I know that everyone is missing each other deeply. Making an effort to follow safety guidelines will allow us to finally spend some quality time with our friends and loved ones. Take care and be safe! Please make sure you get your vaccine. Our entire household is vaccinated now and very thankful!

God Bless

Covid-19 Indoor Camping Trip

Your summer plans are likely in a bit of disarray due to the COVID-19 pandemic. You may be rethinking plans to send your children to summer camp or your camps may be cancelled altogether. No need to worry! Check out these great ideas for an “Indoor Camping Trip”!

The first part of this adventure is to set up a tent. Move large pieces of furniture out of the way so you have a nice sized area to create your campsite. If you don’t have a real tent you can use sheets or blankets to make a canopy. You can get some great instruction for constructing temporary tents here https://www.wikihow.com/Create-an-Indoor-Tent  If you have sleeping bags put them under the tent. Or you can pile up pillows and blankets. Anything comfortable.

Bonfires aren’t very transferable to indoor camping parties (unless you don’t mind burning your house down) but this is a really easy way to make a safe, indoor campfire using some old toilet paper rolls. Paint the tubes different shades of brown. You can make them look like wood with light colored stripes.  Arrange them like a camp fire and tuck in some red, yellow and orange tissue paper. You can use some tissue shred as well. Cut red and yellow shiny card stock for flames. Pop a few LED candles in the middle. LED candles are battery powered and much, much safer than a real flame and won’t cause a fire if they’re knocked over. They shine pretty brightly too so you could create a bit of atmosphere by turning off the lights and eating in the light of your fake bonfire!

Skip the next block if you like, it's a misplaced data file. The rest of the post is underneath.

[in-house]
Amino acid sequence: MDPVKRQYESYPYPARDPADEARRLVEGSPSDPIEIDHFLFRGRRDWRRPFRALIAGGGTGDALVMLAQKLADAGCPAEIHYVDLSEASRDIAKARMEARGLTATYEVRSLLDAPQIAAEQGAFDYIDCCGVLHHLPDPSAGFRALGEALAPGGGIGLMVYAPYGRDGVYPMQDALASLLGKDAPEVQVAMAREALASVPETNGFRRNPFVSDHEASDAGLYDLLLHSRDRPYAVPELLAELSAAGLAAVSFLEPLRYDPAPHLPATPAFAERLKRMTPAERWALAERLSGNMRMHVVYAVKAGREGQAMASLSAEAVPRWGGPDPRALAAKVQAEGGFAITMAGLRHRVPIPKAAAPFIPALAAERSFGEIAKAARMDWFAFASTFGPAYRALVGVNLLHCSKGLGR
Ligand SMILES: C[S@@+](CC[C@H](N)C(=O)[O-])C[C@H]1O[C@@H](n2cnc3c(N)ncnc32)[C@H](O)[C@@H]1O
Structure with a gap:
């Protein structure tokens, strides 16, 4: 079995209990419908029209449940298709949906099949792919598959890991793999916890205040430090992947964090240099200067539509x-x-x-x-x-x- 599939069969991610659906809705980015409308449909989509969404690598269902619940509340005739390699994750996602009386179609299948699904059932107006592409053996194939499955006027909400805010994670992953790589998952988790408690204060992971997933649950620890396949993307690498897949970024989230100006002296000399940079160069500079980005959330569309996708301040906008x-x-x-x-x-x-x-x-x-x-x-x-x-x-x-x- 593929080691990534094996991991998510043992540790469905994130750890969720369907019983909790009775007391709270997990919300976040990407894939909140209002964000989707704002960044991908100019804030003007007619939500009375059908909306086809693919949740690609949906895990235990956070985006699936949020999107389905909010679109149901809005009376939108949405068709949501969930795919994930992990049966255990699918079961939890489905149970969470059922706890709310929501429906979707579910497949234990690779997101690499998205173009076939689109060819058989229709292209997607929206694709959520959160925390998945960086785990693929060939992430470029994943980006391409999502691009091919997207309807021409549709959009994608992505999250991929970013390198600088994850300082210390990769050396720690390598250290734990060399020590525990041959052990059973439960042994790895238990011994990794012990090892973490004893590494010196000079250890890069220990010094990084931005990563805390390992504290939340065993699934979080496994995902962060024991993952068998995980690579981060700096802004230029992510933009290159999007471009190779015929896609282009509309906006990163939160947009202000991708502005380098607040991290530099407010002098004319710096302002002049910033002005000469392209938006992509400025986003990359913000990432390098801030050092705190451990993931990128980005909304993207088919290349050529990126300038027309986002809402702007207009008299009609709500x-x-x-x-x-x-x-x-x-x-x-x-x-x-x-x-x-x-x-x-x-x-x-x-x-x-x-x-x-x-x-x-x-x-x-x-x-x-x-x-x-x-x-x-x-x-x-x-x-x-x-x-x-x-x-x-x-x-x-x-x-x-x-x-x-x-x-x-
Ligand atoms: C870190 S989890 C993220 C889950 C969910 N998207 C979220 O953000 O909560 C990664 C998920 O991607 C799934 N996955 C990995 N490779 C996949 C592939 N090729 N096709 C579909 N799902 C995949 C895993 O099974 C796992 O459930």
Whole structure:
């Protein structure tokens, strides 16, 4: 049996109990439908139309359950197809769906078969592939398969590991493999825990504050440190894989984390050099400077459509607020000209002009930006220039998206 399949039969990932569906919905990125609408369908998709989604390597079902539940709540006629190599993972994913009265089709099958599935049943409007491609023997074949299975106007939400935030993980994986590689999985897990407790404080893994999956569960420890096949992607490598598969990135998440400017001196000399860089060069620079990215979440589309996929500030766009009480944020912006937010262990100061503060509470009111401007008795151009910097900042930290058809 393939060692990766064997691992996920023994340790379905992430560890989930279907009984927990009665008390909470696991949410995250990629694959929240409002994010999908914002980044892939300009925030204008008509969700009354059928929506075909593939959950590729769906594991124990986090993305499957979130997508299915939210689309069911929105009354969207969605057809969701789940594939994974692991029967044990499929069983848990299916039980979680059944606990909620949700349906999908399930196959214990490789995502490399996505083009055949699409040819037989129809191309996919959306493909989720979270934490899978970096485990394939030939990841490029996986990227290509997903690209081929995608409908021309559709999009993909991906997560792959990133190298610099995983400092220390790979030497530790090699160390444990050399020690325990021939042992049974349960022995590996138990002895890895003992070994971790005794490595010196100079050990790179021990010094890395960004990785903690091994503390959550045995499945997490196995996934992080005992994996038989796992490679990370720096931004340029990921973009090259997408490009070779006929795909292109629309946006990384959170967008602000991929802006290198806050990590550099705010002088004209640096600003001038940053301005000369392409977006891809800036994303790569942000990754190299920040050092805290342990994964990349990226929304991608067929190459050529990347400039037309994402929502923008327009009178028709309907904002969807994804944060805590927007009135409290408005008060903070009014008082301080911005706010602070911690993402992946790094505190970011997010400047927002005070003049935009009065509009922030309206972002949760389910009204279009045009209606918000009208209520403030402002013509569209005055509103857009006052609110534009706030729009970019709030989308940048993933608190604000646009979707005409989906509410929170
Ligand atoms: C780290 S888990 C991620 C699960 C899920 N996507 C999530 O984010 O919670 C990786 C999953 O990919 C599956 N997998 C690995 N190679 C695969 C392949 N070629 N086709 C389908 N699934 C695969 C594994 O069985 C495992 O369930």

Stringing mini Christmas lights around the area can mimic a starry night sky. If you have some camp chairs bring them down from the attic and place them around the campfire. If your kids have large stuffed animals bring them to the party too. Place the creatures around the area to be your forest friends. Look for a CD of nature sounds and play that in the background. They can be found online or at Barnes & Noble. Also check a used book store. Grab a bunch of small flashlights for everyone to have. They will be great tools for storytelling and games. Stock up on some glow necklaces and bracelets for fun in the dark.

Now it is time to stock up on tasty camping food! An indoor camping party means you can really go to town on themed food! Think about all the things you’d eat if you were going on a real camping trip and simply recreate them! Here are a few ideas to get you started: Hot dogs or burgers. Sandwiches (peanut butter and jelly is my favorite!), one pot meals like stew or mac and cheese or any finger type food and/or trail mixes. And it wouldn’t be a real camping experience without Smores! You can easily make indoor smores and they literally take about 30 seconds and are so yummy!  You can use standard ingredients, add peanut butter, use Nutella, or substitute a chocolate bar of your choice. Cut the graham cracker in half and add a big marshmallow on top- pop in micro for 15 seconds.  Add your chocolate bar of choice and micro for 5-10 more seconds. Top with the other half of the graham cracker and voila! One little slice of heaven on a plate. Don’t forget breakfast treats the next morning. Pancakes and bacon – Yumm!

Hopefully you can convince your kids that you can have fun without the internet. Make a rule – NO PHONES – for this camping trip. Sit around your faux bonfire and sing camp songs. You can find the lyrics and guitar chords to some of the classics here https://www.countryfarm-lifestyles.com/camp-songs.html#.XvT8IyhKjIU If you are unsure of the melody check on YouTube beforehand. Make sure you print out the lyrics so no one is staring at a cell phone screen.